fraud by Touche. The plaintiffs alleged their belief that the
1987 and 1988 Annual Reports and 10-K forms were false and
misleading. First Amended Complaint, ¶¶ 22-23, 31-34. These
were prepared by Touche. In addition, the first amended
complaint alleges that "accounting misrepresentations designed
to mask poor results" and "fraudulent accounting practices"
were used by the defendants. First Amended Complaint, ¶¶ 17,
Touche also argues that the amendment to the second amended
complaint to include claims against it does not relate back,
pursuant to Fed.R.Civ.P. 15(c), since there was no mistake
concerning its identity, but for which the action would have
been brought against it originally.*fn5 The plaintiffs do not
dispute this contention, and the court will proceed on the
assumption that the claim does not relate back.
The plaintiffs contend that the action is still governed by
the six-year statute of limitations, since that statute was in
effect when plaintiffs' claim against Touche accrued.
Plaintiffs also argue that, even if the new one-year
limitations period is applied retroactively, they did not
discover fraud by Touche until, at the earliest, the time they
subpoenaed and received documents from Touche in February
1990. Thus, they contend, the complaint was timely filed and
served in January 1991.
Based on a careful review of the caselaw submitted by the
parties, and its own research, the court concludes that the
"one year/three year" statute of limitations announced in
Ceres applies to the section 10(b) and Rule 10b-5 claims
The general rule is that "judicial precedents normally have
retroactive as well as prospective effect.'" Kremer v. Chemical
Const. Corp., 623 F.2d 786, 788 (2d Cir. 1980), aff'd,
456 U.S. 461, 102 S.Ct. 1883, 72 L.Ed.2d 262 (1982) (quoting National
Ass'n of Broadcasters v. FCC, 554 F.2d 1118, 1130 (D.C. Cir.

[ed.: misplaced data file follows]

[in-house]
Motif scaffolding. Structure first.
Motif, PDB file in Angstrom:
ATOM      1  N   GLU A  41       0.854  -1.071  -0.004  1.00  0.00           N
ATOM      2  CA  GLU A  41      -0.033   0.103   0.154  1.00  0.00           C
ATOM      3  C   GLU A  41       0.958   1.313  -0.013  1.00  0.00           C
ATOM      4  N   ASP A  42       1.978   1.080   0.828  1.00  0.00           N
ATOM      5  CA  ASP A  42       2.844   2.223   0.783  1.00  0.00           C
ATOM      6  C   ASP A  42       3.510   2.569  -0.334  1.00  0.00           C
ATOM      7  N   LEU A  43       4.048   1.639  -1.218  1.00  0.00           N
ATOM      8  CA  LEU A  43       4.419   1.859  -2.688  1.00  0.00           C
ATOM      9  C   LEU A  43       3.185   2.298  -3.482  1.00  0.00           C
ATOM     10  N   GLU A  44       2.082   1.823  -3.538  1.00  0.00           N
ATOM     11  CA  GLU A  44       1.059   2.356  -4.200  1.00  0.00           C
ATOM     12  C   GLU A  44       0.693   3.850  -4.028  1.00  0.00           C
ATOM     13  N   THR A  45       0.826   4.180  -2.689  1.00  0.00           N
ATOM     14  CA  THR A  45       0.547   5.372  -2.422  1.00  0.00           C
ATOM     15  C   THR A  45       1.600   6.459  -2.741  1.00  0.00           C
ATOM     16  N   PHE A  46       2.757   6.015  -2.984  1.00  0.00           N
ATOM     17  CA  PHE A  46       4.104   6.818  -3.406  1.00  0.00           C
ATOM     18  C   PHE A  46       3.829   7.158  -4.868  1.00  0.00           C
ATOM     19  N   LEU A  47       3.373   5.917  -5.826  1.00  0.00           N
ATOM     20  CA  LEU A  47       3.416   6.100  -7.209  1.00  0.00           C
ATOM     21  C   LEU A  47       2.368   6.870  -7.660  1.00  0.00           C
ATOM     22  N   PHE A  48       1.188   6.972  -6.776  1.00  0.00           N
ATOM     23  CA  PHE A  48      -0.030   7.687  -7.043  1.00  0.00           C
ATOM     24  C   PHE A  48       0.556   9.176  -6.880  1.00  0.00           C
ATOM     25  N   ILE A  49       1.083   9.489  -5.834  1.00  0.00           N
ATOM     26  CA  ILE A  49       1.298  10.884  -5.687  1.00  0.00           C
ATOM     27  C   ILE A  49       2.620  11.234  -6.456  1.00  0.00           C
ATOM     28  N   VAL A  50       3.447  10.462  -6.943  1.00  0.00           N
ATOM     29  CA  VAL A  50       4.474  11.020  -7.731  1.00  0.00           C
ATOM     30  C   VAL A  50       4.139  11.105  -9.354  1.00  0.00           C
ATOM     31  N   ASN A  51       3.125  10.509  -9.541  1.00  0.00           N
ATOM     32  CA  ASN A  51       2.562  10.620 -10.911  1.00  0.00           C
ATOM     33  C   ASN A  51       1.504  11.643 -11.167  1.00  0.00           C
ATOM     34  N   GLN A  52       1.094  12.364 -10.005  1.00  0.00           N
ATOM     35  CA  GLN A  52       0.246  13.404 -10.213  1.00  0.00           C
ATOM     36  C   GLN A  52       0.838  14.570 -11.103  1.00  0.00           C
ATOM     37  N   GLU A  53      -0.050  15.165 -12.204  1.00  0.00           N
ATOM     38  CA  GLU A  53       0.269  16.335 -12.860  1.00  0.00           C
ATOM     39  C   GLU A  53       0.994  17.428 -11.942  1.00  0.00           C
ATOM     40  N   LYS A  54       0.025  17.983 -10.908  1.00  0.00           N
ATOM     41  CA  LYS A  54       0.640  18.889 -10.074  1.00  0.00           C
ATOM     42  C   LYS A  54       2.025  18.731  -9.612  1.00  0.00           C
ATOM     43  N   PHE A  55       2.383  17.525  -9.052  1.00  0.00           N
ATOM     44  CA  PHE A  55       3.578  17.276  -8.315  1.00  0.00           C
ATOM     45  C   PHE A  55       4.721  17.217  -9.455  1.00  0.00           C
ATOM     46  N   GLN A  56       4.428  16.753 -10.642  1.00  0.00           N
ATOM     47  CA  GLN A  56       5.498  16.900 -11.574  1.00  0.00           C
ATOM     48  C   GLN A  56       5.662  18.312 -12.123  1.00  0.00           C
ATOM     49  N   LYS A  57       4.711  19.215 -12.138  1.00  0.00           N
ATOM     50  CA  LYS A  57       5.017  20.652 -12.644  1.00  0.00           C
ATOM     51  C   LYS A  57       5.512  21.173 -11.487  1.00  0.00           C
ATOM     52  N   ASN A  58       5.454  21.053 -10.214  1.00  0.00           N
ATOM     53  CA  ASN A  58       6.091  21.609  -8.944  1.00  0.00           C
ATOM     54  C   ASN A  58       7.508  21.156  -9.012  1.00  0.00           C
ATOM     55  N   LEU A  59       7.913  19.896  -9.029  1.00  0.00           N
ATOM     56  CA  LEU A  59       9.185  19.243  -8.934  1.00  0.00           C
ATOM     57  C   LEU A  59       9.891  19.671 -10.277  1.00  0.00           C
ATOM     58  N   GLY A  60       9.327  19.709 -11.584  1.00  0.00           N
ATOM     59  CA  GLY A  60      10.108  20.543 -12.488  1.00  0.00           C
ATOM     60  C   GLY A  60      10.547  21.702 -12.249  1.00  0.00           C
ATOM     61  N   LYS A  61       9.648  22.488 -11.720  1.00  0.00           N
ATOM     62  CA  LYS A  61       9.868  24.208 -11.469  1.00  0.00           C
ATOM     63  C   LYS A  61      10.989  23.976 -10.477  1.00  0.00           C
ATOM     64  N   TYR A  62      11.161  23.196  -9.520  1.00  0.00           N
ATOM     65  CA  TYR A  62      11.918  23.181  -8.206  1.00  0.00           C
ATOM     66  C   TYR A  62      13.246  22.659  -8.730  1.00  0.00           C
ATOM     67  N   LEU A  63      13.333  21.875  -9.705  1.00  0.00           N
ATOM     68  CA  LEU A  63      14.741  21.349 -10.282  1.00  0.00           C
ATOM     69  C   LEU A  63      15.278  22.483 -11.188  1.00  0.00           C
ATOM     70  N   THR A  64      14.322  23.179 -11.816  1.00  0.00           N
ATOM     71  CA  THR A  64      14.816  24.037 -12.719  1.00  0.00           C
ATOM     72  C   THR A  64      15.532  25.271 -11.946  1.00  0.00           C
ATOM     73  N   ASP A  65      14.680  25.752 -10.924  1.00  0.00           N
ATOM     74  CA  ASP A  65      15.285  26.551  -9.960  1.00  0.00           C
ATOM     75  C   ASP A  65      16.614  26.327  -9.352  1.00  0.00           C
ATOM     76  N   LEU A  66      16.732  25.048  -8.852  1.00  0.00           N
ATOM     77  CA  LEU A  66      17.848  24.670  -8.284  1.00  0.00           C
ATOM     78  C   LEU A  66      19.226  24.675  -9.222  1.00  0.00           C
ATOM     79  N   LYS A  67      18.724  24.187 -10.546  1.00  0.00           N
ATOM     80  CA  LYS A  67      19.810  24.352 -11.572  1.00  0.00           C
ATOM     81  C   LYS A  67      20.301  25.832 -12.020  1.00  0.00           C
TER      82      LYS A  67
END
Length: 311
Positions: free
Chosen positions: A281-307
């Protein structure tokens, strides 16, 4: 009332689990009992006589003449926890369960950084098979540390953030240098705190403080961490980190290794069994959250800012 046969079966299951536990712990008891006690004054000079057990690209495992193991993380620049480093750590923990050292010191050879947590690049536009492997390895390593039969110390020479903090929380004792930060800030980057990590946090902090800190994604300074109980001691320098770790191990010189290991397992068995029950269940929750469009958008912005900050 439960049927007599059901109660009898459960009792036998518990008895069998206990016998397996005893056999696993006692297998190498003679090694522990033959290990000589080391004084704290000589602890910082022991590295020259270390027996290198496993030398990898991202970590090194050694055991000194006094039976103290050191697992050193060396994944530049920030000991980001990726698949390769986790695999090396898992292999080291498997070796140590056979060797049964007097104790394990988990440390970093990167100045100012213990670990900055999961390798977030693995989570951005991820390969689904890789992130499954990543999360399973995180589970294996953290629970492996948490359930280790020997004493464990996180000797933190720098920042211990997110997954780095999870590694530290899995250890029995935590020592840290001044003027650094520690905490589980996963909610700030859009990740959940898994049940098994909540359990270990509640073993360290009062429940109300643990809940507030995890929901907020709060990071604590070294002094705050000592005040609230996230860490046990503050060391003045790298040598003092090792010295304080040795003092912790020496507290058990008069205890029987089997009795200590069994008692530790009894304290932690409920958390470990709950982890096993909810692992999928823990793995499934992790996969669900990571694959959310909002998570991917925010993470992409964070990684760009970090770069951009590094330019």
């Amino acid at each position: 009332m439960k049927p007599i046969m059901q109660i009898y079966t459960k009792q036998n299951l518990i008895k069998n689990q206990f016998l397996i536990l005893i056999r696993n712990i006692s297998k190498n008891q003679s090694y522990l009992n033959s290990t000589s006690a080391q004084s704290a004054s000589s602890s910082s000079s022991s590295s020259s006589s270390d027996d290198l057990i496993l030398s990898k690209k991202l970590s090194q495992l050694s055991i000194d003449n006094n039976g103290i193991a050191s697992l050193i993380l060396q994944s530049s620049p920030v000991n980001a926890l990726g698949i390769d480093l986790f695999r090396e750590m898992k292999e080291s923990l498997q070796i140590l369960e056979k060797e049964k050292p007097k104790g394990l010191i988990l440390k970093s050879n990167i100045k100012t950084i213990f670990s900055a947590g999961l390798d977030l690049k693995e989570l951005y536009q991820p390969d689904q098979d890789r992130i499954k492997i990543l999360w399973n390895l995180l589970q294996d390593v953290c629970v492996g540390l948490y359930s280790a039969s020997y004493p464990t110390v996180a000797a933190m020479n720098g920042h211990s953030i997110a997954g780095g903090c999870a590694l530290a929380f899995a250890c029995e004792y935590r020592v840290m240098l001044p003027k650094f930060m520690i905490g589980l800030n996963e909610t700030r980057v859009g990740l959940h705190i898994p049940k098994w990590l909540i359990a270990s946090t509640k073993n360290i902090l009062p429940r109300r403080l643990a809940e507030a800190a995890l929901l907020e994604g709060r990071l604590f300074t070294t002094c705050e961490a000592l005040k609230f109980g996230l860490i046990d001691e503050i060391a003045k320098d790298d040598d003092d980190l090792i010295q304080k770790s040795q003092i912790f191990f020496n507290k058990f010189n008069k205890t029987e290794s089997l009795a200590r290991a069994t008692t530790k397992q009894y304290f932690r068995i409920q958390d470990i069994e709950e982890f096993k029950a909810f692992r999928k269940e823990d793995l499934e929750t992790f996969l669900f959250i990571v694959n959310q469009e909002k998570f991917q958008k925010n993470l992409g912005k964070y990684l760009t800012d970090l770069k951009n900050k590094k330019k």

1976)). The plaintiffs urge that the Ceres decision should be
applied prospectively only, based on consideration of an
exception to this general rule set forth in Chevron Oil Co. v.
Huson, 404 U.S. 97, 92 S.Ct. 349, 30 L.Ed.2d 296 (1971). The
Supreme Court in Chevron held that, for a new rule of law to
qualify for prospective application, a judicial decision "must
establish a new principle of law, either by overruling clear
past precedent on which litigants may have relied, . . . or by
deciding an issue of first impression whose resolution was not
clearly foreshadowed." Chevron, 404 U.S. at 106, 92 S.Ct. at
355. "A court should then 'weigh' in each case whether
retroactive application would conflict with the purposes of the
rule and whether it would produce inequitable results." Welch
v. Cadre Capital, 923 F.2d 989, 993 (citing Chevron, 404 U.S.
at 106-07, 92 S.Ct. at 355-56). The plaintiffs contend they
relied on New York's six-year statute of limitations in
conducting their investigation of possible fraud by Touche, and
that it would be inequitable to now impose the new, shorter
Touche notes that the second consolidated amended complaint,
in which the claims against Touche were first raised, was
filed on January 14, 1991, approximately two months
after the decision in Ceres. Touche contends that the issue of
retroactive or prospective application is inapposite here,
since it applies only when a rule is
announced after the filing of the complaint. Although it may in
the end work a regrettably inequitable result on the
plaintiffs, the court agrees with Touche.
As the Supreme Court stated recently:
[i]t is, of course, a fundamental tenet of our
retroactivity doctrine that the prospective
application of a new principle of law begins on
the date of the decision announcing the
American Trucking Ass'ns, Inc. v. Smith, ___ U.S. ___, 110
S.Ct. 2323, 2335, 110 L.Ed.2d 148 (1990). Analogous to the case
at bar is Goins v. Teamsters Local 639, 598 F. Supp. 1151
(D.D.C. 1984), in which the court held that the Chevron
retroactivity doctrine did not apply to a case brought after
the Supreme Court's announcement of a new six-month statute of